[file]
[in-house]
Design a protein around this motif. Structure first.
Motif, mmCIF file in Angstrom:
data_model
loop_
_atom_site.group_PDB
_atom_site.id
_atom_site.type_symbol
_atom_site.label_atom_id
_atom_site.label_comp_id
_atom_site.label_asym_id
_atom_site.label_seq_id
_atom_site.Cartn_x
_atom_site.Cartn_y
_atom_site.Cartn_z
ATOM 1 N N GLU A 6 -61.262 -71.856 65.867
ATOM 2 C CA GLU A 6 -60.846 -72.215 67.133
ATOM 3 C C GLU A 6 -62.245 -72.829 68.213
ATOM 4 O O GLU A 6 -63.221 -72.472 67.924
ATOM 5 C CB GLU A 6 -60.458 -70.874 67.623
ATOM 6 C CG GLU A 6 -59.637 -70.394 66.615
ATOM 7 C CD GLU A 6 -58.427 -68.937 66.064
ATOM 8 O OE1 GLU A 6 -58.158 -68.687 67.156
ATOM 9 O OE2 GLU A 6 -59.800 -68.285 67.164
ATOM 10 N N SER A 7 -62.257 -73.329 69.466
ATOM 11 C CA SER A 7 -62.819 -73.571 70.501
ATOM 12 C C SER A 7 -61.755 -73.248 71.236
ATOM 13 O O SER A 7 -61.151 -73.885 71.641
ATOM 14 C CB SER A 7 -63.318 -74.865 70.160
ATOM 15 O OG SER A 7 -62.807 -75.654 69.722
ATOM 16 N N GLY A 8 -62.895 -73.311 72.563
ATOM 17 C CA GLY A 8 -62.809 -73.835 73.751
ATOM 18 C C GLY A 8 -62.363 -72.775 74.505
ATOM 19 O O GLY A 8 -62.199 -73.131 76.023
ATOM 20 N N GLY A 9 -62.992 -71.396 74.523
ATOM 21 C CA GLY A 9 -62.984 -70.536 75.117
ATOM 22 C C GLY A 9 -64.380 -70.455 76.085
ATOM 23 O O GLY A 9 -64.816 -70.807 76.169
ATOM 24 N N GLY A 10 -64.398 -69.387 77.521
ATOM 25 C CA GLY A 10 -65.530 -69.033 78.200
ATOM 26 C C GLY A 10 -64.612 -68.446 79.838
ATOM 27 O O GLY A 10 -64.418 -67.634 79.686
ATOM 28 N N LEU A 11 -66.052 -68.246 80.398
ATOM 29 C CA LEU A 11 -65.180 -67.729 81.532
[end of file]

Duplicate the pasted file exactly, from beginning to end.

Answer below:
[in-house]
Design a protein around this motif. Structure first.
Motif, mmCIF file in Angstrom:
data_model
loop_
_atom_site.group_PDB
_atom_site.id
_atom_site.type_symbol
_atom_site.label_atom_id
_atom_site.label_comp_id
_atom_site.label_asym_id
_atom_site.label_seq_id
_atom_site.Cartn_x
_atom_site.Cartn_y
_atom_site.Cartn_z
ATOM 1 N N GLU A 6 -61.262 -71.856 65.867
ATOM 2 C CA GLU A 6 -60.846 -72.215 67.133
ATOM 3 C C GLU A 6 -62.245 -72.829 68.213
ATOM 4 O O GLU A 6 -63.221 -72.472 67.924
ATOM 5 C CB GLU A 6 -60.458 -70.874 67.623
ATOM 6 C CG GLU A 6 -59.637 -70.394 66.615
ATOM 7 C CD GLU A 6 -58.427 -68.937 66.064
ATOM 8 O OE1 GLU A 6 -58.158 -68.687 67.156
ATOM 9 O OE2 GLU A 6 -59.800 -68.285 67.164
ATOM 10 N N SER A 7 -62.257 -73.329 69.466
ATOM 11 C CA SER A 7 -62.819 -73.571 70.501
ATOM 12 C C SER A 7 -61.755 -73.248 71.236
ATOM 13 O O SER A 7 -61.151 -73.885 71.641
ATOM 14 C CB SER A 7 -63.318 -74.865 70.160
ATOM 15 O OG SER A 7 -62.807 -75.654 69.722
ATOM 16 N N GLY A 8 -62.895 -73.311 72.563
ATOM 17 C CA GLY A 8 -62.809 -73.835 73.751
ATOM 18 C C GLY A 8 -62.363 -72.775 74.505
ATOM 19 O O GLY A 8 -62.199 -73.131 76.023
ATOM 20 N N GLY A 9 -62.992 -71.396 74.523
ATOM 21 C CA GLY A 9 -62.984 -70.536 75.117
ATOM 22 C C GLY A 9 -64.380 -70.455 76.085
ATOM 23 O O GLY A 9 -64.816 -70.807 76.169
ATOM 24 N N GLY A 10 -64.398 -69.387 77.521
ATOM 25 C CA GLY A 10 -65.530 -69.033 78.200
ATOM 26 C C GLY A 10 -64.612 -68.446 79.838
ATOM 27 O O GLY A 10 -64.418 -67.634 79.686
ATOM 28 N N LEU A 11 -66.052 -68.246 80.398
ATOM 29 C CA LEU A 11 -65.180 -67.729 81.532